Sea-Run Cutthroat - Silver?

Discussion in 'Saltwater' started by ZachMatthews, Mar 30, 2006.

  1. ZachMatthews

    ZachMatthews Nil desperandum, trutta semper est.

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    Hey guys -

    Just found this forum. I like it. A while back I wrote about some sea-run cutthroat trout, which don't appear to get any attention nationally (maybe you like it that way).

    My question is, having never seen a sea-run cuttie, are they, being genetically so similar to rainbows, also prone to turning silver in the ocean? Can you have a steelhead cutthroat trout?

    Second question: do you guys get a run of sockeyes that far south, or alternatively have any kokanee (freshwater sockeye) to fish for? Anyone targeting these fish on flies?

    Thanks a lot - you guys may not realize it but you are the envy of the entire East with your anadromous fisheries.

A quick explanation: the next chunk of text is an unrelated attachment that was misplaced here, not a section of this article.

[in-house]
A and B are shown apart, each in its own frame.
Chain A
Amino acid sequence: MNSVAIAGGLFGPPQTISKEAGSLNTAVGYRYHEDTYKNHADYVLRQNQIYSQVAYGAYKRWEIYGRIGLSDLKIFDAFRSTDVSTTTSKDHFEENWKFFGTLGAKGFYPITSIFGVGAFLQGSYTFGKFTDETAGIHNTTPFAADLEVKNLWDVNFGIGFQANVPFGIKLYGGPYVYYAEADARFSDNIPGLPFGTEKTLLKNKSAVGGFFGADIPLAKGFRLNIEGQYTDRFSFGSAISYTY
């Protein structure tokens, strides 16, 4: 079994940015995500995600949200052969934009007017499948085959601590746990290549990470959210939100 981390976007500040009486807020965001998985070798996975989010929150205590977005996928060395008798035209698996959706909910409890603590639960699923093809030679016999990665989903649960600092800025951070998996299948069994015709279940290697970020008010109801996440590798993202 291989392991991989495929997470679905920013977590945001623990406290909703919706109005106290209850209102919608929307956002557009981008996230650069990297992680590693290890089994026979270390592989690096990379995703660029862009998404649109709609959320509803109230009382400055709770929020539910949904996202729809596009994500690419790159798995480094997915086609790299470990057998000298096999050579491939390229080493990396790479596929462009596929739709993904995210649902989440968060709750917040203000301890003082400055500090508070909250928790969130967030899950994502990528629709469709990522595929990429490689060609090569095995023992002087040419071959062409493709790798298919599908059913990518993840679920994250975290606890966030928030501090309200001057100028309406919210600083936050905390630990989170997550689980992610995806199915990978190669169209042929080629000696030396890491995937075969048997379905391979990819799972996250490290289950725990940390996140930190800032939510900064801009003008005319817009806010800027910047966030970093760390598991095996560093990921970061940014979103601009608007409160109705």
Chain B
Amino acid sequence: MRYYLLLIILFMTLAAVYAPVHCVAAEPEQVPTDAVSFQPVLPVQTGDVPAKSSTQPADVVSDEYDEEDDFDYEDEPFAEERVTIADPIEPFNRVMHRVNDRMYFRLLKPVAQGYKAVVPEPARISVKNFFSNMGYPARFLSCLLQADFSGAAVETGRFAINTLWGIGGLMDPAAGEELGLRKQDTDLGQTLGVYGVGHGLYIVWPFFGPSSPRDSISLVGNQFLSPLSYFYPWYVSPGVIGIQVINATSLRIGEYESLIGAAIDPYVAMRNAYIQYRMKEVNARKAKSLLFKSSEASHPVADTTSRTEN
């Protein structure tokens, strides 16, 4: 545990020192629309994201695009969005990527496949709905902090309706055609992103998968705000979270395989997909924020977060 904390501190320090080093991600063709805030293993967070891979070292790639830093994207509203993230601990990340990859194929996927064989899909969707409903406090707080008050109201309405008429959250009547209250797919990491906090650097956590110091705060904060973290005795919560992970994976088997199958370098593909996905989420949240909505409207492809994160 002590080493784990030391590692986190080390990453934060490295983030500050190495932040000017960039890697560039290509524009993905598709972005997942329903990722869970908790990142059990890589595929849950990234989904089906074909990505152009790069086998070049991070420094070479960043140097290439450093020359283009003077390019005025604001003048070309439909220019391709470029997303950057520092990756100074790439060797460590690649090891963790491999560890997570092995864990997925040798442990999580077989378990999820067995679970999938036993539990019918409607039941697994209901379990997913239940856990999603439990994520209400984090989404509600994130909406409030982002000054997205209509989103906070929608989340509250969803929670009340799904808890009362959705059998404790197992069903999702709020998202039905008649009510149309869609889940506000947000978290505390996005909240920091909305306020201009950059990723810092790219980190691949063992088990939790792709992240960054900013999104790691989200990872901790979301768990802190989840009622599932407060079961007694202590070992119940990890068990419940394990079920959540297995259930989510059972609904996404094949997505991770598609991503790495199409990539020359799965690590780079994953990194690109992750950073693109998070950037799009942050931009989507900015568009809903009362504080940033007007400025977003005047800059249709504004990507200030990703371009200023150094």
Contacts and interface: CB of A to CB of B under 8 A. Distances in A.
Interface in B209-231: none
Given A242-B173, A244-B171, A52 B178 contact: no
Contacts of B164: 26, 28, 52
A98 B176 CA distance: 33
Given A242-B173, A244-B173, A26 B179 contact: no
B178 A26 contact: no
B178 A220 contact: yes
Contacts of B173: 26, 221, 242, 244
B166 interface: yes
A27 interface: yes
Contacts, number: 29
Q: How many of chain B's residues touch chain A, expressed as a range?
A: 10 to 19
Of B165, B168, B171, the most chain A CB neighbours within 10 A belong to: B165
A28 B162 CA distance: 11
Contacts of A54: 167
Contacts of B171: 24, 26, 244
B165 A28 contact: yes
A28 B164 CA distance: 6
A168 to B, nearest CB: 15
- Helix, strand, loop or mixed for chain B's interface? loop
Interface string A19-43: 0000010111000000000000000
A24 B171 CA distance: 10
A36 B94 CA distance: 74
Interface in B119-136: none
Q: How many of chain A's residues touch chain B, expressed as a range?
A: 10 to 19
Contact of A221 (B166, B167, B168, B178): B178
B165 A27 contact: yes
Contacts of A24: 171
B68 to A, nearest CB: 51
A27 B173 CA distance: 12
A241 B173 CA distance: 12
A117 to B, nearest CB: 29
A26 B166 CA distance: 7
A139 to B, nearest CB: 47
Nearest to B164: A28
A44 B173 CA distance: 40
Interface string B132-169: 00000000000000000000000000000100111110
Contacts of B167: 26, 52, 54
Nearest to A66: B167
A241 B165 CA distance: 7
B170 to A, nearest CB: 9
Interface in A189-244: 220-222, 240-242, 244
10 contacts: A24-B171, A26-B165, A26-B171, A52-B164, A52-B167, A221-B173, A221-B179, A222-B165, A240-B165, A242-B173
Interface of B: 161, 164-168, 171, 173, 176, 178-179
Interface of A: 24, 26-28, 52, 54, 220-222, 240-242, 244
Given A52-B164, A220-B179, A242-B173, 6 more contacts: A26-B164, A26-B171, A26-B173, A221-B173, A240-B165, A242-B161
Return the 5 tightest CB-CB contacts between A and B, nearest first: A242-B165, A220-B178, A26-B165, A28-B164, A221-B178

Zach Matthews
     
  2. HogWrangler

    HogWrangler Member

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    There is a decent number of sockeyes that go up to the North Fork of the Stilliguamish River.
     
  3. crobarr

    crobarr New Member

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    a searun cuttrout is just that, a cutthroat that goes to saltwater and returns. a steelhead is a rainbow that goes to the salt and returns. there are also resident rainbows and cutthroat- neither goes to the salt. the uk, and other parts of the world have brown trout that go to the ocean too, as well as resident browns. i don't fish the salt, so someone else will have to answer about the coloring.

    there are kokanee in washington and oregon in several lakes.

    sockeye? again one of the folks from washington will have to answer that one.